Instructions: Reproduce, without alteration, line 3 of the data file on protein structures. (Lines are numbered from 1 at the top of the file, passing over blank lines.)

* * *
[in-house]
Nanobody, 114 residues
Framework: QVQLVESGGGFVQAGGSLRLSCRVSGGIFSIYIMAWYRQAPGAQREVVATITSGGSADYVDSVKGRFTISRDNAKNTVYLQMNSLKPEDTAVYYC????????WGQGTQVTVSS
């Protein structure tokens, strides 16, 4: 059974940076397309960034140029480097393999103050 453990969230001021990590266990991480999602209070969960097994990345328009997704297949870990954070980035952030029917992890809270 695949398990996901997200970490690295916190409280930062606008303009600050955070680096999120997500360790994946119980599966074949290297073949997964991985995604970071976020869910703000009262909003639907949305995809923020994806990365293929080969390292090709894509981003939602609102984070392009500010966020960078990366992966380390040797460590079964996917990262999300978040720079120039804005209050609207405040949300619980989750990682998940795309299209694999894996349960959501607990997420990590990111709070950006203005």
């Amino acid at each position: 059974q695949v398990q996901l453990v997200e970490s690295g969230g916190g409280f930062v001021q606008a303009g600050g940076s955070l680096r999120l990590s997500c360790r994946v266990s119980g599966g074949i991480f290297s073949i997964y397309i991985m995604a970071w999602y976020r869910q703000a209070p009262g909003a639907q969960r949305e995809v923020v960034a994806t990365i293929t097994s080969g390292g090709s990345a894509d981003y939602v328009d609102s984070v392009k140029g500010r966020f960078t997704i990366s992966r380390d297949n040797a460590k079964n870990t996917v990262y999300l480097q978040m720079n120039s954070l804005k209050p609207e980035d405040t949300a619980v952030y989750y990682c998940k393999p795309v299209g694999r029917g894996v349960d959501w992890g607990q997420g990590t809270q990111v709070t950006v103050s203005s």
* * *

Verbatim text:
Framework: QVQLVESGGGFVQAGGSLRLSCRVSGGIFSIYIMAWYRQAPGAQREVVATITSGGSADYVDSVKGRFTISRDNAKNTVYLQMNSLKPEDTAVYYC????????WGQGTQVTVSS